Skip the Waiting Room program now charging $5 for online bookings

Patients at the Downtown Walk-In Clinic in Charlottetown are now paying five dollars if they want to book an appointment online. It is still free to register in person. The company behind the app says it needs to cover the costs of the online booking service.

P.E.I.-based company says it needs a way to cover the costs of service

Because appointment times are updated, Skip the Waiting room says most patients spend less than 20 minutes in the waiting room. (CBC)

Patients at the Downtown Walk-In Clinic in Charlottetown are now paying five dollars if they want to book an appointment online.

The new fee is being collected by Skip the Waiting Room, an online site and app developed by a P.E.I. company and launched as a pilot project in 2015.

Patients register online for an appointment, and when that time nears, they receive a call or text telling them to head to the clinic.

Skip the Waiting Room CEO Mark Richardson says he's still hoping to expand the online booking service to more walk-in clinics across P.E.I., even with the new $5 fee. (Submitted by Mark Richardson)

"This is a change and certainly we've had a number of people use it and being quite happy before to not have to pay anything," said Skip the Waiting Room CEO Mark Richardson. 

"I'm not going to say that there's no one that has complained but overall it has been pretty much a non-issue for most people." 

No dent in bookings

Richardson points out that the fee only applies to online bookings. 

"People understand that we're doing this as an option to access the clinic," Richardson said.

"People can certainly still show up in person and register without any fee and the very first people who are seen every day are people who register in person that haven't paid anything."

Skip the Waiting Room started as a pilot project at the Boardwalk Professional Centre Downtown Walk-in Clinic in Charlottetown in 2015.

So far, Richardson says, the fee has not put a dent in the number of bookings at the walk-in clinic since it was added on May 1.

"It hasn't really changed anything as far as we've been able to see," Richardson said. "Registration filled up very very quickly before. It's maybe slightly slower now, but really whatever capacity is being given to us, it's basically filling."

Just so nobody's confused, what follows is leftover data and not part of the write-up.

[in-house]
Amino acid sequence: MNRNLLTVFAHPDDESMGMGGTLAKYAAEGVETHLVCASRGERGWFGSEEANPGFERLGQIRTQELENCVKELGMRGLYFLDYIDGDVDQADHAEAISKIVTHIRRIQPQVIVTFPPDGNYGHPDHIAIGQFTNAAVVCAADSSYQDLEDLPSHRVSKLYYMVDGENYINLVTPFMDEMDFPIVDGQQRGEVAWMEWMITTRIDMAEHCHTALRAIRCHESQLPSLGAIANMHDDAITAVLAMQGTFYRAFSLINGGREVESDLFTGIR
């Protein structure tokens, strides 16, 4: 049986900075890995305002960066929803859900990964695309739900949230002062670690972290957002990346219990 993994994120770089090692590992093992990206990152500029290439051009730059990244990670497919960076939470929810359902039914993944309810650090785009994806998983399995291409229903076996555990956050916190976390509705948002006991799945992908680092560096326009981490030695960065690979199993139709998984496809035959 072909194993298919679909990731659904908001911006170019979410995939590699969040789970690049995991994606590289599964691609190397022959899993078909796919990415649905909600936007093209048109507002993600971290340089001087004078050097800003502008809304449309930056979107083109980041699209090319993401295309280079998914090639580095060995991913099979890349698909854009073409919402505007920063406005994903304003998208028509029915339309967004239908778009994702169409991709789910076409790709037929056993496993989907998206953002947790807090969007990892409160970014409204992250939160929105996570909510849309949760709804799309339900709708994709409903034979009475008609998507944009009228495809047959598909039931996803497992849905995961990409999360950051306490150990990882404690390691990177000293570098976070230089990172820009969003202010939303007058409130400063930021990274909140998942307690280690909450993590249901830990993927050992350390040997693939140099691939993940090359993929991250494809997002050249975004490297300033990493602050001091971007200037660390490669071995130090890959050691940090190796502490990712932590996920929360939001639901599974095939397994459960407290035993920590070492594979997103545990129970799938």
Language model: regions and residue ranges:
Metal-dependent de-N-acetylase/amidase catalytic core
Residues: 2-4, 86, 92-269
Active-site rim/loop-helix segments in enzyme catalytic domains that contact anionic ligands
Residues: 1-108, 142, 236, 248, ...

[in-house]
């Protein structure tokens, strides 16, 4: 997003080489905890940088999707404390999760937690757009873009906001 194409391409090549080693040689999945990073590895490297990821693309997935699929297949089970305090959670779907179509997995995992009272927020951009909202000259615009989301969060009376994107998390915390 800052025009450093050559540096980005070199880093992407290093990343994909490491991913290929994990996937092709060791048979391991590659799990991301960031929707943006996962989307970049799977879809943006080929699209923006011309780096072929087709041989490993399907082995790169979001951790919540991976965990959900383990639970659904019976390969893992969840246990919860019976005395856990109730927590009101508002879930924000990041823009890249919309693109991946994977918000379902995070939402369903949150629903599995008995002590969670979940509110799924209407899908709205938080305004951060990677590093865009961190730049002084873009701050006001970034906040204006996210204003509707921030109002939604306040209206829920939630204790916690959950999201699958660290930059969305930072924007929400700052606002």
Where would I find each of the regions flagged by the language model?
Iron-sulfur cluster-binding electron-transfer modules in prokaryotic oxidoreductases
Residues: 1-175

Skip the Waiting Room has expanded to other provinces, including Ontario and Alberta, where some clinics charge patients a fee to book online. (CBC)

Moving forward

Richardson says the intention was always to charge a fee for the service. But government funding helped cover the costs for a couple of years at the clinic in Charlottetown.

Skip the Waiting Room developed the app with help from a startup grant of $25,000 in 2015 from Innovation PEI. It also received $40,000 from the Department of Health and Wellness for the pilot project.

"We were faced with how we move forward with the service on P.E.I.," Richardson said. "We were looking at what to do to keep the service up and running, this seemed to make the most sense."

Skip the Waiting Room has expanded to several other provinces, including Ontario where they first started charging a fee in August 2017.

Richardson says he would like to see the online booking service offered by more clinics on P.E.I.

"I talked to one staff member one day and they said it's 11 a.m. and there's 30 people sitting in the waiting room and the clinic doesn't start until 1 p.m. so why would we do anything different," Richardson said.

"In my mind, that's incredibly broken but from their perspective, that's working just great."

The Downtown Walk-in Clinic is still the only clinic on P.E.I. to offer online booking. (CBC)

In a written statement the Department of Health and Wellness said Skip the Waiting Room is a private business, and reminded Islanders that walk-in clinics are open to everyone and are free of charge.

The department also said it has had discussions with the company and if clinics are interested, the service could be expanded.

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Nancy Russell has been a reporter with CBC since 1987, in Whitehorse, Winnipeg, Toronto and Charlottetown. When not on the job, she spends her time on the water or in the gym rowing, or walking her dog.